Monday, April 27, 2009
Don't Buy the Swine Hype
If you’ve been watching the news, you would think that this new strain of the “Swine Flu” has caused millions of people to die, decimating whole towns and countries like the Black Plague from the Middle Ages.
But in reality, that's just not accurate.
As of Monday, 149 people have died from this virulent strain in Mexico. The United States had 40 confirmed cases in five states and the Director Of Homeland Security, Janet Napolitano, was on every cable news outlet pleading for people to not sneeze on anyone. Great advice, even if you’re not sick. It’s just disgusting and rude.
Outbreaks of diseases and biological agents are the stuff of great novels (The Stand by Stephen King) and movies (The Andromeda Strain, and Outbreak, to name two) but to start wearing one of those masks you see in an ER is ridiculous.
Pharmacies in some states are seeing a run on flu medicines and cold remedies. People are stocking up, in some cases hording, waiting to see how bad this new strain of “Swine Flu” could potentially be.
Some people who have gotten the strain of the virus and have recovered quickly; others say it’s not as bad as the “normal” flu, whatever that means. The most alarming piece to this new influenza puzzle is that it seems to attack and infect those with the strongest immune systems: 15-55 year old people.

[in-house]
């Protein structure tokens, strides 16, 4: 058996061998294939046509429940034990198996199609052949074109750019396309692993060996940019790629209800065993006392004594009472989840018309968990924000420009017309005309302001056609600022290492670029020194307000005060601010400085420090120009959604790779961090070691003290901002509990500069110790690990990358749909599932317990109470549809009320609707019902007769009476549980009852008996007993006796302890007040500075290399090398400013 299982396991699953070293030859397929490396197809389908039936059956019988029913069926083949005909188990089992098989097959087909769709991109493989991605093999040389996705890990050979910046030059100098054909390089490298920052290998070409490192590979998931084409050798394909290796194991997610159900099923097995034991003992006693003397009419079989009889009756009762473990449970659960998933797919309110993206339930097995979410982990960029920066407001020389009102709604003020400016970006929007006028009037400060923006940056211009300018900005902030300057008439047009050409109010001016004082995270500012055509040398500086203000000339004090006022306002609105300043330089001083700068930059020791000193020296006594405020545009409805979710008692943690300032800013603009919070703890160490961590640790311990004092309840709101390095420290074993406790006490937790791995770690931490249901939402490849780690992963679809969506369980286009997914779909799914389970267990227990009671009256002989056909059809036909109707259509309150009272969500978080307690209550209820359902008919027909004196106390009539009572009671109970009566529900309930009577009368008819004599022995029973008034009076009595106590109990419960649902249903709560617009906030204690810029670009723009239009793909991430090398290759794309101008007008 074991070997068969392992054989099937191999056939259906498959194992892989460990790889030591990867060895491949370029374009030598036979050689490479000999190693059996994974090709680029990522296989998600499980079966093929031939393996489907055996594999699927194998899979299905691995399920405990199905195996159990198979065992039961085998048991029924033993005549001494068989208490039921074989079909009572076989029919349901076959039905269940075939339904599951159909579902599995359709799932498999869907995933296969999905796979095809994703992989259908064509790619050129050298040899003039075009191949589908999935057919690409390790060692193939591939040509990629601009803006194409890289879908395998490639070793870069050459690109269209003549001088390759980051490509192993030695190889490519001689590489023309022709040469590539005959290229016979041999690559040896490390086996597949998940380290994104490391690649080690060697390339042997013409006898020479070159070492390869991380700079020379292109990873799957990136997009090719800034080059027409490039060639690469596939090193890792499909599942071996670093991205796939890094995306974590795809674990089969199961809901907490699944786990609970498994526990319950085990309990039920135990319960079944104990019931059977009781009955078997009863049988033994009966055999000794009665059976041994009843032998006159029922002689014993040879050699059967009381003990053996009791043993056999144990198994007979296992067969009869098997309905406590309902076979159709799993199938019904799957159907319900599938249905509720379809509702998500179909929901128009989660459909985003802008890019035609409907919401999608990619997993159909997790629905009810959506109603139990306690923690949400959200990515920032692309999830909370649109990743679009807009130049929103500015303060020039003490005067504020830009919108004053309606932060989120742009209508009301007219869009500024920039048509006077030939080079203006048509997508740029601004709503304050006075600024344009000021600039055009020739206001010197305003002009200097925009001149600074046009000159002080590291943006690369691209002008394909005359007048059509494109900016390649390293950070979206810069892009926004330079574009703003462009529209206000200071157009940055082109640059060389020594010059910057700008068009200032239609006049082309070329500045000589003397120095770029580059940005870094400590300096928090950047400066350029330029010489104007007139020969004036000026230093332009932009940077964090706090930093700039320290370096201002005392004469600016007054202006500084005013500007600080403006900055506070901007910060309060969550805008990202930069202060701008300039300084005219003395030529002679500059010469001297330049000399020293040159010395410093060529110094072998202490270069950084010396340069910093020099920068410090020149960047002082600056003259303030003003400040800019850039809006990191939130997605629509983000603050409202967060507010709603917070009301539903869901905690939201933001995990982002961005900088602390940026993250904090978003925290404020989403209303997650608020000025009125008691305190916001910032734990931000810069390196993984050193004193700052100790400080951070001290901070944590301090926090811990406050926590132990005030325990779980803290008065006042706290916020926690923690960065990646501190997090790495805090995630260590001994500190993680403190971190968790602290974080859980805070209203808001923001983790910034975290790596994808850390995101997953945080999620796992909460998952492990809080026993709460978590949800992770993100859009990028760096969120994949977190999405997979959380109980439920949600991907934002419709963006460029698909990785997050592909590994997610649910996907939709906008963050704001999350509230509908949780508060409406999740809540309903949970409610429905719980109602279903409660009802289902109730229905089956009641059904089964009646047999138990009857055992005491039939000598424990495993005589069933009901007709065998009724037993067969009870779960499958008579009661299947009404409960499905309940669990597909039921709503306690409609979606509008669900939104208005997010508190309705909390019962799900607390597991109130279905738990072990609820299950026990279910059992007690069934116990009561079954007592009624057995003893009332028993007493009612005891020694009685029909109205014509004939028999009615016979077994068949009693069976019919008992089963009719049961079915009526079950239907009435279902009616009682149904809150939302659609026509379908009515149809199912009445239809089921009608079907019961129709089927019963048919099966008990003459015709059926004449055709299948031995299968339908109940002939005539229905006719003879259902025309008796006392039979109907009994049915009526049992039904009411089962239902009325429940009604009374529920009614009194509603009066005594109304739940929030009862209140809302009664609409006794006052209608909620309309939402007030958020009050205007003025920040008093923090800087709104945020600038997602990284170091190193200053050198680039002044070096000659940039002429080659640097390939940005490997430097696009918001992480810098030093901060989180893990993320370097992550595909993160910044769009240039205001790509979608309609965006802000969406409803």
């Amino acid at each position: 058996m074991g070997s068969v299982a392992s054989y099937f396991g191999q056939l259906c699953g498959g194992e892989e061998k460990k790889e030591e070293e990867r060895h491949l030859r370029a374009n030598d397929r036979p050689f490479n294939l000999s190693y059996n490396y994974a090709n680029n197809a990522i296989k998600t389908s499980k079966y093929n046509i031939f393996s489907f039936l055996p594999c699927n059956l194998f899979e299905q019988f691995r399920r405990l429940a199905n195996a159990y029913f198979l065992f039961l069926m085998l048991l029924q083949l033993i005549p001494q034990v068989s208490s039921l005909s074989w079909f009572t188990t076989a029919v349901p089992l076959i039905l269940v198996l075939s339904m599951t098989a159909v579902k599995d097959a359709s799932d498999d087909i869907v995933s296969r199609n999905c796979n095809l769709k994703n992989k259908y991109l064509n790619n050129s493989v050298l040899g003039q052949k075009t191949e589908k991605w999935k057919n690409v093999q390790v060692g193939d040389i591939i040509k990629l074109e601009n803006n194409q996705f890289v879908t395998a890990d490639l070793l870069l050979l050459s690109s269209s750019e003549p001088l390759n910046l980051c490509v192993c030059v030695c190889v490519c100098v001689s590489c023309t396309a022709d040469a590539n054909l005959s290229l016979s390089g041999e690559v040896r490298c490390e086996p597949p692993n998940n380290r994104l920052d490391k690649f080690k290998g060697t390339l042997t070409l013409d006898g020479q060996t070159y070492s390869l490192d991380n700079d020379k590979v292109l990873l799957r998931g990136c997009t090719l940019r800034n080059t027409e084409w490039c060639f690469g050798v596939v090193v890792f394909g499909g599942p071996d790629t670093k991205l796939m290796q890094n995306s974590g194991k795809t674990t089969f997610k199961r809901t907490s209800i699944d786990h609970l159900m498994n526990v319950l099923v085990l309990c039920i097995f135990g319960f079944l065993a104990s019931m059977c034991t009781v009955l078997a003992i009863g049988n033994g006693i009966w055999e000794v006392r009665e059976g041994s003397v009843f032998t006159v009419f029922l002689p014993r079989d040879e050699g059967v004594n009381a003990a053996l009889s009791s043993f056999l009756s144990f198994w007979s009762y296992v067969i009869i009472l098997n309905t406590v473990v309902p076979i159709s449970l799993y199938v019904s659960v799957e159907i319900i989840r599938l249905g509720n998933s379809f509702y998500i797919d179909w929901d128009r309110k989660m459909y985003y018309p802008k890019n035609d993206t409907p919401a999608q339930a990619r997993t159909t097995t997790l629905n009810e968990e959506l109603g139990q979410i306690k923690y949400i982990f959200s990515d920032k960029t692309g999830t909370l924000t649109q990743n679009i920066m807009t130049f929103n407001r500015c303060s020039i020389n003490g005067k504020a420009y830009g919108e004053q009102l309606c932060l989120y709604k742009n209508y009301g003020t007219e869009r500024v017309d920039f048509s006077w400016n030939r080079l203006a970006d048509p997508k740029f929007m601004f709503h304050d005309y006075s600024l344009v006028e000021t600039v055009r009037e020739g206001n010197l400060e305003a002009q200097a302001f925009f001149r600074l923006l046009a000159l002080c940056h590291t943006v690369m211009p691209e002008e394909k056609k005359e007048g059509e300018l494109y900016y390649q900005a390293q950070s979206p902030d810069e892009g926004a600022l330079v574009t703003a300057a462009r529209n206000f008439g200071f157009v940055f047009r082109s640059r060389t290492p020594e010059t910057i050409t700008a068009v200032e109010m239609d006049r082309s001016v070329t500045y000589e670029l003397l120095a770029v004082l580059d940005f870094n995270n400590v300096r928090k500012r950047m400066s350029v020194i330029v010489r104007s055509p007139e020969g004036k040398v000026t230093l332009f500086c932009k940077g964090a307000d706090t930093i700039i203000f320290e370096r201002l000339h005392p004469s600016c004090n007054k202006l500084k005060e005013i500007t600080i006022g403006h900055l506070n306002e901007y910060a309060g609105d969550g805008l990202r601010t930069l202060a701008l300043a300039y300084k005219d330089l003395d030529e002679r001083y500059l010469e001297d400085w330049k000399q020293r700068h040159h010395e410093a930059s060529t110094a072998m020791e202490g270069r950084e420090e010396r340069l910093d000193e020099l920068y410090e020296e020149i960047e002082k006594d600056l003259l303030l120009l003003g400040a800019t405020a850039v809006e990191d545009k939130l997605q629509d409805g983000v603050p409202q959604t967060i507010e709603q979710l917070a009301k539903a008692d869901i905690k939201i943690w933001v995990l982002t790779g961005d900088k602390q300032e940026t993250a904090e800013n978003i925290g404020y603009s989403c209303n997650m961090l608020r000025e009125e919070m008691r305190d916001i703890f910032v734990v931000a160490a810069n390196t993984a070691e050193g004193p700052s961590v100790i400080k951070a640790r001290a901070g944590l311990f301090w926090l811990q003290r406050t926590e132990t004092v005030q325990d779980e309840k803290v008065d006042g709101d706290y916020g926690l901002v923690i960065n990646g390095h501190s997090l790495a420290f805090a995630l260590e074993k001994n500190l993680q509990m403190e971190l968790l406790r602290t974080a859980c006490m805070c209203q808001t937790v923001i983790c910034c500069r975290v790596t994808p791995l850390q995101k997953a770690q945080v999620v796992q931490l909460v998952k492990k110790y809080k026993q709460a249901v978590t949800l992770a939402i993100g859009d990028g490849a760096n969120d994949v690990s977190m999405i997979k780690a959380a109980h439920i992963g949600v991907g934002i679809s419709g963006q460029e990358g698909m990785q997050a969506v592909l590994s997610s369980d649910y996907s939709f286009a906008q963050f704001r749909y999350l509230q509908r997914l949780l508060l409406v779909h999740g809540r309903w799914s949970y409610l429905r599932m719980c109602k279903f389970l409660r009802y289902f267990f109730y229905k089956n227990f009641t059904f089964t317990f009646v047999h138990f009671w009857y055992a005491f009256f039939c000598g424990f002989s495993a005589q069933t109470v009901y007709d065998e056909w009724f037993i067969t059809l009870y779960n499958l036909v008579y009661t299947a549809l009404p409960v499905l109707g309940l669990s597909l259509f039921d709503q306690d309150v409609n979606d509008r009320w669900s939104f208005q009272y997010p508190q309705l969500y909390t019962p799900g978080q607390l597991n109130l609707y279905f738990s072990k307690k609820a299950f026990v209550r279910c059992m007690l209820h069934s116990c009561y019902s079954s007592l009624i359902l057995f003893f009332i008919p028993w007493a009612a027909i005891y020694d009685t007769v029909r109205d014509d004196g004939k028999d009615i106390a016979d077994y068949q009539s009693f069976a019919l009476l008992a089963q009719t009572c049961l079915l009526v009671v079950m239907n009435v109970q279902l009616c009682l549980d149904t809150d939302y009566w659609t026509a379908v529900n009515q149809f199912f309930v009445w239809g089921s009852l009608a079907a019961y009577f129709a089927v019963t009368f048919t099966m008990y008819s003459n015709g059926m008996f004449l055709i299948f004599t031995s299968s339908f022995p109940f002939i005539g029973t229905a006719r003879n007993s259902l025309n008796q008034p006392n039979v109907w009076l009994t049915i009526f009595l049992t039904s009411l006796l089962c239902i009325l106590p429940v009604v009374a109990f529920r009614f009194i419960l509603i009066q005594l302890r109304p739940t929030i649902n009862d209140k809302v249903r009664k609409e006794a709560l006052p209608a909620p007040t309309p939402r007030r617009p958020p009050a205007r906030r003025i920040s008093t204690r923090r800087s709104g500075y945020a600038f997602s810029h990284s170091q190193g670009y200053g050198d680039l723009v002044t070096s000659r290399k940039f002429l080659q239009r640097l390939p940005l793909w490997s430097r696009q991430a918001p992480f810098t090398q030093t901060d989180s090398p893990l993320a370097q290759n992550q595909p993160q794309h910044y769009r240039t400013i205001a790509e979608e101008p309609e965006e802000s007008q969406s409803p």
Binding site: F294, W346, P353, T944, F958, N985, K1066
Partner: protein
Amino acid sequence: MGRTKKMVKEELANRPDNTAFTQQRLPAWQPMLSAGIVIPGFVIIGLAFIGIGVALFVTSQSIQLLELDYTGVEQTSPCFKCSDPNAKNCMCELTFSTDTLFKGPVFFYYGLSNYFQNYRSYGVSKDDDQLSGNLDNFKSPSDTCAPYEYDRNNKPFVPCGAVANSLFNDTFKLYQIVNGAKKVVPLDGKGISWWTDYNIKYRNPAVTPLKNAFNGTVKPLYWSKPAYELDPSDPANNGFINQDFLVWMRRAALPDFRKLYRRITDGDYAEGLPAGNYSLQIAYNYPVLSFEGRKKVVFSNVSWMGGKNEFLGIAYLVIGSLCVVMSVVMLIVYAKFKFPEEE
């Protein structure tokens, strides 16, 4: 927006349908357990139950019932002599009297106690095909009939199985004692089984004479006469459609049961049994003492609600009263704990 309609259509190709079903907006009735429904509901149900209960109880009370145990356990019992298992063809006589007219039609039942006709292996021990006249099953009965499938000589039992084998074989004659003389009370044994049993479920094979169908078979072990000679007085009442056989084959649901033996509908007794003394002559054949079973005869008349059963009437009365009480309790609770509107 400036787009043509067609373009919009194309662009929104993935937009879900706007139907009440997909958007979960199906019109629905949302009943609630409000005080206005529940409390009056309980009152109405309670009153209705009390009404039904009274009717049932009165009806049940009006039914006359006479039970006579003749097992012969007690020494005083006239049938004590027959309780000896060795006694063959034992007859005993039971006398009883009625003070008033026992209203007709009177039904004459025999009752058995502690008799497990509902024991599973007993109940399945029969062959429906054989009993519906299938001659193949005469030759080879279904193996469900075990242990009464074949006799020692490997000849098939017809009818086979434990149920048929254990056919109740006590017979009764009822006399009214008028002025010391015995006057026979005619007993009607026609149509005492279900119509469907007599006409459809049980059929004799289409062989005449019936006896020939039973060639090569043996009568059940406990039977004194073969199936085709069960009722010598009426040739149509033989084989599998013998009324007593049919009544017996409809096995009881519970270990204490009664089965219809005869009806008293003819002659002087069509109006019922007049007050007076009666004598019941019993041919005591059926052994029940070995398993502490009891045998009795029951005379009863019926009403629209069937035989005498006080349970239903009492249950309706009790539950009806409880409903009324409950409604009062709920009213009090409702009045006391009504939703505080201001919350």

Every year, people get the “flu” or “influenza.” According to the Center For Disease Control in Atlanta, last year over almost 26 thousand people were diagnosed with the virus. Don’t get me wrong; it’s serious, as people die every year from the flu.
But I am not ready to push the panic button yet like they did back in the mid-seventies.
Back in 1976, Gerald Ford made a decision that is still hotly debated today. When an Army Recruit at Fort Dix became sick and died from a strain of the “Swine Flu,” people panicked, gravely concerned about a plague that killed over a half a million people back in 1918. Could the same type of influenza cover the world, killing innocent people?
Gerald Ford imposed a mandatory inoculation of (at that time) all 220 million Americans, with a program that cost 135 million dollars.
To some, it was the pinnacle of the health and medical fields in United States history. The federal government made a series of public service announcements to alert people that the “swine flu” was not to be taken lightly and everyone needed to line up in an orderly fashion, receive their vaccination, and in doing so, save humanity.
But thousands of people didn’t die; whole towns weren’t wiped out. Some thought it was the greatest government infringement on their personal freedom. Some were killed from the rushed vaccines; others were severely crippled or paralyzed.
The Ford Administration said they erred on the side of caution.
I just remember it being called, “The Epidemic That Never Was.”